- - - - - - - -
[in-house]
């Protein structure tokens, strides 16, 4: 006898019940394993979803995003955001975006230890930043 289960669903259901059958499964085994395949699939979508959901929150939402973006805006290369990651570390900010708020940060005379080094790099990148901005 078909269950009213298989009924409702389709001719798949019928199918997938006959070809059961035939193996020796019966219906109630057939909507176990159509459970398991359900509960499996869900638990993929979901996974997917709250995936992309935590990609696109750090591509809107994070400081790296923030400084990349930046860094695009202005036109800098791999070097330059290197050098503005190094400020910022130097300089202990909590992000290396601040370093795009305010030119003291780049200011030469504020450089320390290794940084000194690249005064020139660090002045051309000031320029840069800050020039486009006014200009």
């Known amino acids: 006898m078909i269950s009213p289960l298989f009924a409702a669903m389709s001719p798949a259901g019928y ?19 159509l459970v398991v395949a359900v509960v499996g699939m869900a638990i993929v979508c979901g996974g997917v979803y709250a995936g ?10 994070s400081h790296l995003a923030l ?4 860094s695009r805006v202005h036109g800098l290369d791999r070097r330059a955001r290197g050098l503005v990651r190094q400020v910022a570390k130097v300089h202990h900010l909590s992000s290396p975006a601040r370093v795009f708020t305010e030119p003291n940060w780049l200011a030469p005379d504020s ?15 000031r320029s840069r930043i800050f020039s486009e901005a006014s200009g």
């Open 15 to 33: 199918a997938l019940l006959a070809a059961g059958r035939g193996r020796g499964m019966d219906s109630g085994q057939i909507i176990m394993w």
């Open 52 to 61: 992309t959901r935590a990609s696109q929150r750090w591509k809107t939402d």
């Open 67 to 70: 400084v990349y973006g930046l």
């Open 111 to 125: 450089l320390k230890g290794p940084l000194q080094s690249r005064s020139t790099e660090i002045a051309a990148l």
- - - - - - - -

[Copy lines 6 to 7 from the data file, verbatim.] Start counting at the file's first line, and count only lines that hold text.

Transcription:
């Open 67 to 70: 400084v990349y973006g930046l």
């Open 111 to 125: 450089l320390k230890g290794p940084l000194q080094s690249r005064s020139t790099e660090i002045a051309a990148l």